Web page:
Gerard Landry with a school soccer team in 2008. Photo: St Patrick High School
Hurley says the main thing she remembers from Landry’s classes is his passion for teaching.
“I think probably 50 percent of the people who read Timothy Findley’s The Wars read it because Gerard Landry was so passionate about it.
“He’s a language arts legend. A literacy legend. I’m just really lucky that I was able to have him as a teacher.”
Excitement and energy
Landry prizes above all the relationships he made with his students.
“Sometimes we can go through life where we’re kind-of putting on a false front because we want to appear strong,” he said, “but I think sometimes the best experiences are the ones where you feel comfortable enough where you can be open with kids and make yourself vulnerable and learn from each other.
“[The students] see that I’m human and that I have my weaknesses, and I see that they’re human and they have their weaknesses. When you can function at that level, you’ll both be honest about what you’re going through in life and you’re both open to learning from each other.”
Teaching English has helped Landry to learn just as much from his students as they do in his classes.
“I’ve taught an awful lot of students who struggle as much as the characters in the books I’m reading,” he says.
“The courage they show in trying to overcome those issues in their lives is extremely enlightening.”
Among the students Landry inspired to go into education is Ben Beland, who just graduated with a Bachelor of Arts in history and a Bachelor of Education in social studies.
“My entire last year at St Pat’s really solidified my decision to become a teacher. Mr Landry is definitely a big part of that,” says Beland.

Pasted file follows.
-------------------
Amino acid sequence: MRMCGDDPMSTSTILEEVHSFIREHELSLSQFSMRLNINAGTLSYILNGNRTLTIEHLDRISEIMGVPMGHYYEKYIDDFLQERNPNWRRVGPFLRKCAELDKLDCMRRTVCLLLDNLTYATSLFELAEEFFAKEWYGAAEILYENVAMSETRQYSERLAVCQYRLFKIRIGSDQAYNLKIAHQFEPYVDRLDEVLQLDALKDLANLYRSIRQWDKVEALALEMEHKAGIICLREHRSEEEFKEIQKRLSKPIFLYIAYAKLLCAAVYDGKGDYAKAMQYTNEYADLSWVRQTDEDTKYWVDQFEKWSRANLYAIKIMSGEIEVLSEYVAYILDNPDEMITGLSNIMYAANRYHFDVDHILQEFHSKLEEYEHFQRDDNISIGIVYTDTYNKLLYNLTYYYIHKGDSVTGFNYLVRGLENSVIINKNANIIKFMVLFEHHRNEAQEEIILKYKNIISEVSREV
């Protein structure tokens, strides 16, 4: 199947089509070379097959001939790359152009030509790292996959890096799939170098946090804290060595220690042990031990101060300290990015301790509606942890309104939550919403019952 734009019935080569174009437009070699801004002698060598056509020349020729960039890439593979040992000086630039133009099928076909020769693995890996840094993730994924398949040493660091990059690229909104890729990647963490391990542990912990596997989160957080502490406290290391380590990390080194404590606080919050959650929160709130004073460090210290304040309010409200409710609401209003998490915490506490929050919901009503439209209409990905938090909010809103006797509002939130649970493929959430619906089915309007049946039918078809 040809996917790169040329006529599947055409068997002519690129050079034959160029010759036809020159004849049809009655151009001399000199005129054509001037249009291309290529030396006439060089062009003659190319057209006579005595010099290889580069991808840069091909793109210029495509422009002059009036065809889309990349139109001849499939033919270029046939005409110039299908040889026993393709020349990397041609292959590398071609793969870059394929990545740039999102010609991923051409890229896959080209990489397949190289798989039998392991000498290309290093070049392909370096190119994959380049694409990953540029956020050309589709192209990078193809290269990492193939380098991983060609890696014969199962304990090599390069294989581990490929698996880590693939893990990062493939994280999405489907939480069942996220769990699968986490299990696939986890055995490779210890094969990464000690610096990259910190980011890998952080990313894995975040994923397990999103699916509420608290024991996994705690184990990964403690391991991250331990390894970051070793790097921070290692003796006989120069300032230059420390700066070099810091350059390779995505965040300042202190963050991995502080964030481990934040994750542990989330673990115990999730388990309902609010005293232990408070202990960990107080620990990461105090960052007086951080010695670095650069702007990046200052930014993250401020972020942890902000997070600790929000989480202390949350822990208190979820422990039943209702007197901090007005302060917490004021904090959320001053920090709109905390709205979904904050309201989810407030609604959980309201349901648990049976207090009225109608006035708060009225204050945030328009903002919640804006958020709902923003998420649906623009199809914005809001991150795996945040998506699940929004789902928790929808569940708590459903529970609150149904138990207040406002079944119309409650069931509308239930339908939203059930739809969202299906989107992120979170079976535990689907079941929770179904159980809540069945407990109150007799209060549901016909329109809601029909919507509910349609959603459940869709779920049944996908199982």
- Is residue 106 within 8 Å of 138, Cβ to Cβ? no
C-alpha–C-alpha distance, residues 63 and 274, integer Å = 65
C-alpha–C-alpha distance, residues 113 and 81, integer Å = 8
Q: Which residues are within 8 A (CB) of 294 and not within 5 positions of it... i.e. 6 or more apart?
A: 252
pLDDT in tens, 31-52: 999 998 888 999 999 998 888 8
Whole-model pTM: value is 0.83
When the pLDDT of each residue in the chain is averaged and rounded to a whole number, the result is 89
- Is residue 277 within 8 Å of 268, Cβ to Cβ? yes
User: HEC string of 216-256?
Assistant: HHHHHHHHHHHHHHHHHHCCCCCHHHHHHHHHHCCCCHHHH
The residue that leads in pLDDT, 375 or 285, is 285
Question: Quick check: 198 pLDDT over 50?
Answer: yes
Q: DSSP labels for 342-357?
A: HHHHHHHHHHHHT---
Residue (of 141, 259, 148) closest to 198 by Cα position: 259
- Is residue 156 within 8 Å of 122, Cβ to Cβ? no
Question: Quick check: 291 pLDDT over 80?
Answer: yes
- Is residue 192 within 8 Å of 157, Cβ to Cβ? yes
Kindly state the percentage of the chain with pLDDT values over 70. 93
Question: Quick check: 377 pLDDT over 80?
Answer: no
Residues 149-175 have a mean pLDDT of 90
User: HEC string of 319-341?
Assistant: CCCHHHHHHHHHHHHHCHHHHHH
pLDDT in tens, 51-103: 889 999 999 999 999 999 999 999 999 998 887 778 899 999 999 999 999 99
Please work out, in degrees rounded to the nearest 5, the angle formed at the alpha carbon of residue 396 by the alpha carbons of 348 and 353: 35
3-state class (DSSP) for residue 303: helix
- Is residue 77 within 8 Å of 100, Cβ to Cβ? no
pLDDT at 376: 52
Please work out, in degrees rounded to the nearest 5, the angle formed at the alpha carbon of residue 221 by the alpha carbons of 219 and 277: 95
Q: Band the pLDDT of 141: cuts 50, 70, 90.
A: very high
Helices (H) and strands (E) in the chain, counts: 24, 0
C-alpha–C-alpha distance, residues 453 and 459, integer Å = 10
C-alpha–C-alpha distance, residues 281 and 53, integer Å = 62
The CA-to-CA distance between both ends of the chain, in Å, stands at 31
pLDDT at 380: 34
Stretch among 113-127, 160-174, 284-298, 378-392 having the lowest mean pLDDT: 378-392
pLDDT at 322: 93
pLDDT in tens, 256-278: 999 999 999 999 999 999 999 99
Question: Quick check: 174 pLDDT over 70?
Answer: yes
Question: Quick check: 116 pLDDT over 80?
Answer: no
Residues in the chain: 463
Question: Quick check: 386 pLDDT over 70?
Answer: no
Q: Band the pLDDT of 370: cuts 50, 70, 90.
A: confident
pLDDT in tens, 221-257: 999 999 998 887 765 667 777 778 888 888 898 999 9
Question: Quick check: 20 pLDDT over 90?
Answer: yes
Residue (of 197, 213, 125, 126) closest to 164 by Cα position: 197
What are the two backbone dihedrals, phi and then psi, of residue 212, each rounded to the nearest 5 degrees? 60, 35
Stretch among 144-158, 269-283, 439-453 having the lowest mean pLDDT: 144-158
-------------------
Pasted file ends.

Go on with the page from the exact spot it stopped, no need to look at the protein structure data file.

“I always felt that even though he had been teaching for however many years, it was almost like he had the excitement and the energy as if it was his first time ever teaching. It really felt like he was learning with us as opposed to teaching to us.
“I think that he is definitely going to be missed, but I think he’s leaving an incredible legacy behind.”
‘I’ll take it month by month’
Gina Michel, at Weledeh Catholic School, hadn’t considered becoming a teacher until Landry and others told her she would make a great one.
She recalls Landry commenting, “Now we’ve got you!” after she won a scholarship that could only be used if she went into an education field.
After attending university and finally deciding to study education, Michel remembers thinking, “God damn it, Mr Landry! You got your wish.”
“He had this way of demanding the very best from you,” she says. “Even when you thought it was, he kept pushing you further and further to realize even my best can be better and better every time.
“I just think he’s a phenomenal teacher and a phenomenal human being. The passion he has for helping others, not just in their schoolwork but also on a daily basis and in their lives… he touches so many students in many, many ways that he just doesn’t even realize.”
Gerard Landry participating in 2018’s “twin day” at St Pat’s. Photo: St Patrick High School
Landry’s message to future students is to “read books, read something, reach out to your friends that have internet access, listen to a podcast, make a podcast, start a hobby, a journal.”
“Especially right now,” he says, “you’re living through history, so your reaction to this is going to make history. So get involved in life is what I would say to them, and inform yourself as much as possible, Listen to others and get involved in life.”
Landry had been hoping to start his retirement by going to Spain and walking El Camino in August and September, but has now decided to visit his parents in Nova Scotia.
“I’ll just take it month by month. I do hope to read more, I hope to write more, and I hope to volunteer in something, although I haven’t really decided exactly what that is yet.
“Other than that, I hope to exercise a lot. I’m kind-of into that, and I guess I’m going to find out who I am without my teaching job.”
Correction: July 6, 2020 – 16:47 MT. The first version of this article stated that Ben Beland possessed a Bachelor of Art Administration. In fact, his degree is a Bachelor of Art in history.